By combining two such electrowetting lenses with additional appropriate fixed lenses a zoom facility is enabled without the need for any mechanical displacement of the lenses. This can considerably reduce the mechanical complexity of the lens assembly, increase its robustness and minimise the size of the assembly required for a given zoom facility and focusing range compared with an equivalent assembly of solid lenses. Another advantage of a zoom facility using electrowetting lenses is that a change of zoom can be carried out very quickly, typically much faster than with conventional motors or actuators. A complete zoom range may be switched within 10 ms.

One example of a zoom lens assembly comprising electrowetting lenses is disclosed in WO 2004/038480, where two independently controllable electrowetting lenses are contained within a single fluid chamber. Both zoom and focusing are possible by varying the drive voltage to both lenses. Separately controllable voltage sources are used to drive each lens.

A schematic block diagram of a digital camera module comprising a control system for an auto focus and zoom assembly using two electrowetting lenses is shown in FIG. 1. The incoming light 3 is focused onto the image sensor 4 by passing through a first electrowetting lens 1 and a second electrowetting lens 2. Other fixed lenses (not shown) may also be positioned ahead of, behind or between the lenses 1, 2. The first lens 1 is controlled by the first driver 5, while the second lens 2 is controlled by the second driver 6. Each driver 5, 6 applies a control voltage to its respective lens 1, 2.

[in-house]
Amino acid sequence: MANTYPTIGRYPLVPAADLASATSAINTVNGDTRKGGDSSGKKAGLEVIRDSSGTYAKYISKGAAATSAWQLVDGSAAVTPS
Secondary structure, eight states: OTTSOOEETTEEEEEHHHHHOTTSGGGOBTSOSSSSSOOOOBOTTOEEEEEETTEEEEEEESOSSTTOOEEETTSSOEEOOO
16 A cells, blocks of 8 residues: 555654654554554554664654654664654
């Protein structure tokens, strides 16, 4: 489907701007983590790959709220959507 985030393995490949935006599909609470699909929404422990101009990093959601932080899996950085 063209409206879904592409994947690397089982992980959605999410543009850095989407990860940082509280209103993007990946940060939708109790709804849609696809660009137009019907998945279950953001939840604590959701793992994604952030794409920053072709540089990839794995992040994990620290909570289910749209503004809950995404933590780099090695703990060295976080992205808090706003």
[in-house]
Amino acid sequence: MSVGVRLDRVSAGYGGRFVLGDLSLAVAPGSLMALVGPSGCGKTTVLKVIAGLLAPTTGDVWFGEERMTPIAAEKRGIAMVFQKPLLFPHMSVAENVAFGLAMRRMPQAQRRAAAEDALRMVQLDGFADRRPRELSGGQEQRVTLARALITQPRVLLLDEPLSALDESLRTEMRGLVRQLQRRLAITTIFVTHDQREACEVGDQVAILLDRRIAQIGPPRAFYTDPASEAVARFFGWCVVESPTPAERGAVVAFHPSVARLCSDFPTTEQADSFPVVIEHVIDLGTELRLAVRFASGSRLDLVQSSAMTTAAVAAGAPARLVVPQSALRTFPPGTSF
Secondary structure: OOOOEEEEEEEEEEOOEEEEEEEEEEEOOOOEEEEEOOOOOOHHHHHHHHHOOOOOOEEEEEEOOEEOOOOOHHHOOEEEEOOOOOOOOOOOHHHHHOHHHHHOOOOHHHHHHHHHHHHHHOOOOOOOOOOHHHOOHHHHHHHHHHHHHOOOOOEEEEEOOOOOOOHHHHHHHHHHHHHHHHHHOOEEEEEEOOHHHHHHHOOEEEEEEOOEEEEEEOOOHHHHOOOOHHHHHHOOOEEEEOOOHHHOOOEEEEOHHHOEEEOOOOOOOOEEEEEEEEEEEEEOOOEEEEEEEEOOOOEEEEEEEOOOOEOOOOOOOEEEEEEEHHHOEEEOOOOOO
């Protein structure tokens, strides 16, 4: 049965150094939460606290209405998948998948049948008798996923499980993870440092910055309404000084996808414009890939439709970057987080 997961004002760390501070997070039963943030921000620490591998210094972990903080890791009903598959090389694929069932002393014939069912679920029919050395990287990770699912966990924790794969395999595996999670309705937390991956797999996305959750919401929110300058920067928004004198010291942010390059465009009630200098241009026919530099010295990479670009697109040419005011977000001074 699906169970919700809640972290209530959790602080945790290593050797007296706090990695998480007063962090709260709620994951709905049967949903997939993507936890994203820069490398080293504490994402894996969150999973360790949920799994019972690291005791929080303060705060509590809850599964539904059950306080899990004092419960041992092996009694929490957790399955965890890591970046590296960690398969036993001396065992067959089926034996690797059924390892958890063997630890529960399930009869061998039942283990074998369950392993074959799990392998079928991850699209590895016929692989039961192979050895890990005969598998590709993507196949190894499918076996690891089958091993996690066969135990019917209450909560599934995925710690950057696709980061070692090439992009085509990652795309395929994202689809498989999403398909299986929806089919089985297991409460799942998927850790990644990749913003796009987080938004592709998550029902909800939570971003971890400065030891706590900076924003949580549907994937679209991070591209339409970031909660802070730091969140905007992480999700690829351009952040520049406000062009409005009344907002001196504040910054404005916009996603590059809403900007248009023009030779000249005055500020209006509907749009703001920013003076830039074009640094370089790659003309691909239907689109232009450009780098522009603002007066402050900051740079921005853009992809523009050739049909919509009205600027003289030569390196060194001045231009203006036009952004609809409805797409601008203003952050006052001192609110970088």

The image sensor 4 converts the incoming light 3 into an electrical signal that can be stored in memory. The image sensor 4 generates a RGB or YUV signal from the image, which is then fed to the camera signal processor (CSP) 7. A video signal processor 11 in the CSP processes the signal from the image sensor 4 and outputs a video output signal 12. A sharpness signal generator 8 also processes the signal from the image sensor 4 and generates a sharpness signal 10. The sharpness signal 10, which may be generated for example from high frequency components of the image information, is representative of the level of sharpness of the image at any given moment. An auto focus and zoom algorithm 9 takes the sharpness signal and generates an error signal from the differences in sharpness signals. For focusing, the algorithm 9 contains a control loop that converts the error signal into a lens driver signal, which is supplied to the appropriate lens via one of the drivers 5, 6.

For zoom, the auto focus and zoom algorithm 9 receives the user input 13 and generates two lens driver signals, which are sent to the drivers 5, 6 and thence to the lenses 1, 2. While one lens may control the level of zoom of the lens assembly, changing the focal length of only one lens will result in the image going out of focus, and therefore a further adjustment will be required to the second lens to compensate for this. Advantageously, this operation is carried out synchronously, since for any given zoom level there will be a predetermined focusing level for any given object distance. An alteration of the zoom level can therefore be made while simultaneously maintaining the same object distance as set by the CSP.